To the People Shaming Fat People…


When I was a little kid, I was always the smallest person in my class. I was very short, and having scoliosis made me even shorter. I also was very tiny. All of that changed between fourth and fifth grade. I have a progressive muscle disease that is called Spinal Muscular Atrophy, and not only was I diagnosed with asthma at the age of eight, but SMA can also limit lung function. I spent some of my childhood getting breathing treatments at the hospital, and fighting pneumonia.

Dominick wearing clothing that looks like carpet fabric, hugging a streetlamp.

When I was in fourth or fifth grade, after a horrible bout of pneumonia, my pulmonologist put me on steroids to help my lung function. I remember this being one of the most difficult periods, because the medication tasted horrible. I had to be woken up in the middle of the night to take a dose, and my parents had to sit there and convince me to take it. Sometimes it took hours. After a lot of tears, I would gag it down, and beg them not to give it to me anymore. Note: I should mention I’m a severe emitophobe, and the pill made me nauseous, so it was a specific kind of torture which kept me from taking it in a timely manner.

While the medication helped a little bit with my lung function, it also made my weight double, in a matter of six months. At that time, I went from a small 60 pounds to an overweight 120 lbs. Instantly, my already cruel peers, people who had spent their lives attempting to shame me for having a disability, started shaming me for being fat and for how I dressed as a “fat” person.

I was called fatty, blubber butt, whale, cow, piggy, you name it I was called it. It didn’t matter how I became fat. I was fat, and that was enough. From there, I continued to consistently gain weight, and where I never really had to watch what I ate before, it no longer mattered. I was unable to exercise much and everything made me gain.

Junior high and high school were unbearable. Being fat made me ugly, and people treated me that way. They began to police everything they saw me eat. It didn’t matter that my favorite food at the time was salad, which I ate a lot. If I ate some french fries, I was a fatty. If I drank something other than water, I was a pig. If I ate a cupcake, I was making myself fat.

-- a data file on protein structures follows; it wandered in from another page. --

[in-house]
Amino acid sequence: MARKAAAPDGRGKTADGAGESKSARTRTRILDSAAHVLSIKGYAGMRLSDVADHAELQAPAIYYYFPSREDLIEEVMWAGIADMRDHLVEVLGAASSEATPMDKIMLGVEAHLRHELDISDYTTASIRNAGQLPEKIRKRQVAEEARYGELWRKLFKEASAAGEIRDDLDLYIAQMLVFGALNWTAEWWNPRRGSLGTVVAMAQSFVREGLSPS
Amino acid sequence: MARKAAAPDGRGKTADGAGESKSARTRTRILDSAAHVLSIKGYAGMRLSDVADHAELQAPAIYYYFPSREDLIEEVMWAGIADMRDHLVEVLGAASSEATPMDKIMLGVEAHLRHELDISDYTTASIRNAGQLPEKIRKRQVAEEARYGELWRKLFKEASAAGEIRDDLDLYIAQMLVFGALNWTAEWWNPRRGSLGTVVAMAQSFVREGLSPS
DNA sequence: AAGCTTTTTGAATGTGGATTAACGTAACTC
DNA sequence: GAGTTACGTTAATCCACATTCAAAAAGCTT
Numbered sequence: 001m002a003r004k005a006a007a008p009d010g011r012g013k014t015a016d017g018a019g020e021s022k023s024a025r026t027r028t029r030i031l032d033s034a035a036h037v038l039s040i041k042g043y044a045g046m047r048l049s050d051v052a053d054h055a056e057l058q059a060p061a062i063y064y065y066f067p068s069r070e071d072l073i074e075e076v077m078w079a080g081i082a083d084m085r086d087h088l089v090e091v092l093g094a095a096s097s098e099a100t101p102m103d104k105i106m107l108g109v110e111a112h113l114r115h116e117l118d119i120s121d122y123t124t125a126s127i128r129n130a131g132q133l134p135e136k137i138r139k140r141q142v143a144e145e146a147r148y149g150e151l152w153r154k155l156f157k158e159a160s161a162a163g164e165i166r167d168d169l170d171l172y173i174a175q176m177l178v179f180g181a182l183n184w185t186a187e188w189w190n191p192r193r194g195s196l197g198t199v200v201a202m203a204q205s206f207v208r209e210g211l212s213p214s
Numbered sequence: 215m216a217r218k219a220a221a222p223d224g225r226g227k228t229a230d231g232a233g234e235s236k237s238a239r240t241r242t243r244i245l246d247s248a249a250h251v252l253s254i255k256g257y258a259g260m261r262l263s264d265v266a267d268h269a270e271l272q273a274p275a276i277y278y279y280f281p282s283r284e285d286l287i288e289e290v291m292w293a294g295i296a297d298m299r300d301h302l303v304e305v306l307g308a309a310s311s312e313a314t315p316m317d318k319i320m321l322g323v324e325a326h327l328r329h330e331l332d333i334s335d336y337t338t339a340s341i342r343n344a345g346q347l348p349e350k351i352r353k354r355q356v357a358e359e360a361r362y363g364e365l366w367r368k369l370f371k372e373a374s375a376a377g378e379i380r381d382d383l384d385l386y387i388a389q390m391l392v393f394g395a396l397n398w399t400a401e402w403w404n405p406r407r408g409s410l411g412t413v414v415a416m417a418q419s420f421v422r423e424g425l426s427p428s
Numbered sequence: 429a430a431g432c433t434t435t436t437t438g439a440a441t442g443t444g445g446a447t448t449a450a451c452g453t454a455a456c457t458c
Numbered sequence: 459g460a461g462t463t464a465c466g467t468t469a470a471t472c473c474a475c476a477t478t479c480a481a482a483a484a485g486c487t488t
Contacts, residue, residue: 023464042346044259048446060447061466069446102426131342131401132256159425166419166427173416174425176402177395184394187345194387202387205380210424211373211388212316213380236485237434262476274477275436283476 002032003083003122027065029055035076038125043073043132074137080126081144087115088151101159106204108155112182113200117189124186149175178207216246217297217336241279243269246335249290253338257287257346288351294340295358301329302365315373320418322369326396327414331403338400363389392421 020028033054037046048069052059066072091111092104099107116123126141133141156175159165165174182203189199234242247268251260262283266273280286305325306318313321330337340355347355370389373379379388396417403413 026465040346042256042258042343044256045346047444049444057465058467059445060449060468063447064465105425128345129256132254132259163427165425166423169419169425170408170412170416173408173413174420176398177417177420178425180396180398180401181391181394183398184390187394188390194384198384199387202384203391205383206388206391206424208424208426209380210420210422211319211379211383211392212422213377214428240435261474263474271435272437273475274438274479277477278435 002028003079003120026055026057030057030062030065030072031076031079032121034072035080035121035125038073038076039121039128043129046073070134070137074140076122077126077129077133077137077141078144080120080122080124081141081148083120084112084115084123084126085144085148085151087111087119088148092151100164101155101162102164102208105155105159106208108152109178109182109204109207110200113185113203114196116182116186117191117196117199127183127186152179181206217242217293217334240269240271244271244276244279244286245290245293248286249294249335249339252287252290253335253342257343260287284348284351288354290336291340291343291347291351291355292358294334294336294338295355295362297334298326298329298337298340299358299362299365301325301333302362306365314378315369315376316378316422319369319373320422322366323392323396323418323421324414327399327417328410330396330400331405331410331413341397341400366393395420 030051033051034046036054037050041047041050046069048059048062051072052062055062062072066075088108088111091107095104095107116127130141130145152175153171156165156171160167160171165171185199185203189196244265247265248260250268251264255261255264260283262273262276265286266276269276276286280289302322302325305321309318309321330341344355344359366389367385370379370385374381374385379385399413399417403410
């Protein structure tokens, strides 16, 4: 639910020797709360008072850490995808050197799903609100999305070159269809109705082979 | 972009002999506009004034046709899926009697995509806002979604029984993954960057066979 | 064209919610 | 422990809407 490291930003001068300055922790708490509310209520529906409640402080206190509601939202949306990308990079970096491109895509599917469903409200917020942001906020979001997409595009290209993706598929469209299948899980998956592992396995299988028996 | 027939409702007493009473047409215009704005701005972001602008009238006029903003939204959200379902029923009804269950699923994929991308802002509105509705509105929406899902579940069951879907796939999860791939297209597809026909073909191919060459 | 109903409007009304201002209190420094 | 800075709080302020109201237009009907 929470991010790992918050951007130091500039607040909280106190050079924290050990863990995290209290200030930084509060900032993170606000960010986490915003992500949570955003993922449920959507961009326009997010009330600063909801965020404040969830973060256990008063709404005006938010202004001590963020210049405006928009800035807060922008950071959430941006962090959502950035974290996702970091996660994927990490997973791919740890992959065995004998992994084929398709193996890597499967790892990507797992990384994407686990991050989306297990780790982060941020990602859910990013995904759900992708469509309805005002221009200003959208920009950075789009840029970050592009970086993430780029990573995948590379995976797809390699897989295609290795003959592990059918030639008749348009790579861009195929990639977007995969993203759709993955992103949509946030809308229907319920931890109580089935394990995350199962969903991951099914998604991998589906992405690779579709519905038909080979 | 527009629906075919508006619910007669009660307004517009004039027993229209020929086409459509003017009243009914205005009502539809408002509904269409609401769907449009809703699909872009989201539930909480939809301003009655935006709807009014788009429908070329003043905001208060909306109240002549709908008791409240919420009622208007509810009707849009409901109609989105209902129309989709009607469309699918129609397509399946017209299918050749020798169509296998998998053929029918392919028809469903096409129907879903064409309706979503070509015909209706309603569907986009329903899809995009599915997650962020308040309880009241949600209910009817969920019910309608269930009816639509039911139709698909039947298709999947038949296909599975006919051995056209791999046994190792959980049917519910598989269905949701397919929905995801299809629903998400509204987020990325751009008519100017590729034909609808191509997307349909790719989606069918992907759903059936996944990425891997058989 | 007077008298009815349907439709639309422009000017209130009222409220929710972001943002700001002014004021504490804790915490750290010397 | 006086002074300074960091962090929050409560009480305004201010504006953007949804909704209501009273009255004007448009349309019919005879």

When people deny that fat shaming is real, they invalidate the experiences of those of us who have struggled with our weight. I always looked a little bigger, but I never really looked fat until college. I don’t always eat healthy, but I never lose unless I have some health issue…that will make me drop a lot of weight. I don’t have the luxury of going out and working out, because I can’t. I am unable to move myself enough to make a difference. I spent a lot of time blaming myself for this, but it is no one’s fault.

At my biggest, I weighed 300 pounds. I’m only around 5 ft 5 inches these days, and most of that has me scrunched in a wheelchair, so I look fat. I spent a lot of my life hating myself, for how I looked, for how people perceived me, and because I spent many years believing the lies about me. I struggle to find a sense of self esteem and self worth, because I’ve been told my whole life I’m worthless because I have a disability. I’m worthless because I’m transgender. I’m worthless because I’m fat. I’m working hard to make sure these things do not define me, but it is hard, because there is always someone judging me.

To the people shaming those of us who are fat, you don’t know our journey, you don’t know our story, and you don’t have the right to judge us. Worry about your own life. You can only control yourself. If you spent as much time worrying about yourself, and making you better, instead of worrying about the lives of others, I believe the world would be a better place.

Dominick Evans

You can say you are not talking about people like me, who have legitimate medical conditions, as an afterthought, but people consistently assume those of us who are fat, even those of us in wheelchairs, choose to be that way. Those same people believe it is their right to assume we’re just lazy, and make judgments and comments that are disparaging, because of this.

Today, I weigh under 200 pounds, but people still notice I’m fat. It shouldn’t matter what I eat or what I weigh. My weight does not define me as a person. It shouldn’t matter what I do. Who I am or how I look is not your business to criticize. Making fun of people who are overweight does nothing to help them. If you truly want to help, why not try be their friend, and value them for the person they are, not the person you want them to be? You could be helping make the world better, by treating others with human decency. Instead you’re just showing the world you’re an uncaring bully. I don’t have time for that, and neither should you.


2 responses to “To the People Shaming Fat People…”

  1. ::hugs:: I know too well weight struggles. Being fat shamed as a child and now an adult. We should be teaching love and acceptance of our bodies, and Dominick in the short time I have read about you and your struggles, and how much you have helped people like me find a voice… You are aces in my book!

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